What would you have done differently?

I have always felt my life has led me to the place I am today so based on this there is nothing I would have done differently. I love my life. That does not mean it is always easy but I am happy.

 What were your priorities and how did they help you overcome some of the struggles you've faced? What motivated you to make the choices you've made? What are the principles you live by?

One of my priorities was a commitment to community. This has helped me develop a strong network of supports, which I have accessed when I have needed them for both professional and personal reasons. I live by the principle of social justice. This has motivated me many of the choices I have made and strengthened my commitment to working towards developing strong communities. It supported me in a variety of roles both as an educator and advocate.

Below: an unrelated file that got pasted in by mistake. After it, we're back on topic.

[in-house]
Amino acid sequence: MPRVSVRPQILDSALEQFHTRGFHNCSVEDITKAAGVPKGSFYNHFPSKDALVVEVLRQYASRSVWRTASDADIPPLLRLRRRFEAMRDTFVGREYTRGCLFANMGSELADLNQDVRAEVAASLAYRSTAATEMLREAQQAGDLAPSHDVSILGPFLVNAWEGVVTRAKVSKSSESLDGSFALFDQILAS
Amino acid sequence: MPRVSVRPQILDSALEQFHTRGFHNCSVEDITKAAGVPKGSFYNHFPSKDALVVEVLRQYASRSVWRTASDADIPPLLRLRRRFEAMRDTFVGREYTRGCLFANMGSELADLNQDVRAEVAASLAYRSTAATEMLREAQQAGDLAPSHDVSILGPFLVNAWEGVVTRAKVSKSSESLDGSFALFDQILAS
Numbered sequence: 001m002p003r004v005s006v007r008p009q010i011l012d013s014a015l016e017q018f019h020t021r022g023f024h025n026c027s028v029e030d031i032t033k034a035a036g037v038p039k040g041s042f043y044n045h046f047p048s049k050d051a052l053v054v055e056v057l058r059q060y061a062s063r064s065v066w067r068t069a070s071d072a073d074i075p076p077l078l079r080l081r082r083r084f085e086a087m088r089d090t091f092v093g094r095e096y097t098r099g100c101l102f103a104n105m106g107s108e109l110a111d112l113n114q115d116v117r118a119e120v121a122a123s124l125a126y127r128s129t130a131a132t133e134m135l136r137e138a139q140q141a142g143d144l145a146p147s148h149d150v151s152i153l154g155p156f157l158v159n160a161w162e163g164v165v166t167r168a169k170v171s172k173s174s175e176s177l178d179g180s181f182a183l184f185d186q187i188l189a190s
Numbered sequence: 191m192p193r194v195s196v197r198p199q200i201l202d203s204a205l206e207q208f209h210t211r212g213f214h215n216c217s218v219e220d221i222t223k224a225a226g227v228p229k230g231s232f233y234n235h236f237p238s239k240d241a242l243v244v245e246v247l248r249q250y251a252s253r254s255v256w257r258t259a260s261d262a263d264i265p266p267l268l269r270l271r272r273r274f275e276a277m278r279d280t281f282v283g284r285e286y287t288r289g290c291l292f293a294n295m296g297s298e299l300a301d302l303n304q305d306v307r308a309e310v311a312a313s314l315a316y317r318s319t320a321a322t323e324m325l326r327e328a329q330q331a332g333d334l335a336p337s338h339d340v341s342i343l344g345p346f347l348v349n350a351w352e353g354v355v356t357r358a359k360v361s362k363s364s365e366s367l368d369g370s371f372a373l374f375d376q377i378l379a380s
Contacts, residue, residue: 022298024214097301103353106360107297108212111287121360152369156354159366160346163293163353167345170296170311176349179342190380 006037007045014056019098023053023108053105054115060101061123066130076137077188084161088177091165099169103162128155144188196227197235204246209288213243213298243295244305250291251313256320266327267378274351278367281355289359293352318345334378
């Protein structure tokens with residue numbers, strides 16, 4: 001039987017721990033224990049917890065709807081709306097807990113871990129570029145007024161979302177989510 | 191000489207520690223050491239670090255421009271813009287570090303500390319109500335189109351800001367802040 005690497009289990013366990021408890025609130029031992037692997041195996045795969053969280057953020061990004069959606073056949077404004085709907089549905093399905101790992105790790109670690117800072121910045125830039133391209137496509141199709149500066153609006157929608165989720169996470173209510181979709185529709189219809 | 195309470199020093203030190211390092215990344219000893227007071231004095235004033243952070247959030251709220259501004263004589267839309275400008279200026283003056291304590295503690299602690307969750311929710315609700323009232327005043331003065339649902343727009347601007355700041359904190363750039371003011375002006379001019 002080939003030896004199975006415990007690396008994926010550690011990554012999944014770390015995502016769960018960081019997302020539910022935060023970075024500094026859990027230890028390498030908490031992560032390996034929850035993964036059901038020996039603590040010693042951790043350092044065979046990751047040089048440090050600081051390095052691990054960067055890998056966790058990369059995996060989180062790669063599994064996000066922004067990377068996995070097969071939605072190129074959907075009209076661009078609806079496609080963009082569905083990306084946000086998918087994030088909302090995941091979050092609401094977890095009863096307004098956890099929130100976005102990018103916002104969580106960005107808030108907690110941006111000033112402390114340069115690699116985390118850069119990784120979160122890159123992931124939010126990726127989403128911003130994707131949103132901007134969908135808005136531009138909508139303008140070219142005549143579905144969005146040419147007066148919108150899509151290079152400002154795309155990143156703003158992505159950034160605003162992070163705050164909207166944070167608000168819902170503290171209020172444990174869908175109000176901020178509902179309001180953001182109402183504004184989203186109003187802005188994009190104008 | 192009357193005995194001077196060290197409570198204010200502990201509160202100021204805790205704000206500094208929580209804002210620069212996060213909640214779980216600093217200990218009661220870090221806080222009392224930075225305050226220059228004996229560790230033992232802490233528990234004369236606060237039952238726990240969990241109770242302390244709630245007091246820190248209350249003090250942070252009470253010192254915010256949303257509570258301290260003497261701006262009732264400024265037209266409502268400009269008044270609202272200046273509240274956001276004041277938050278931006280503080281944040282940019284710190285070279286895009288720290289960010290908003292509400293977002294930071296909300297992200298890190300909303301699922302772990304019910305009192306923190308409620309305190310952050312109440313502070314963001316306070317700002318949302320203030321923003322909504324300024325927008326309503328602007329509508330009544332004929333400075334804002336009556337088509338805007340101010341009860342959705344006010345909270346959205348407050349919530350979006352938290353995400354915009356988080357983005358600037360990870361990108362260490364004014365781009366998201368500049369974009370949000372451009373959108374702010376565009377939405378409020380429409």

Social Worker, Counsellor, Community Advocate, Educator, Storyteller, Traveler, Artist, Quilt Maker, Lover of Life

Mary Fearon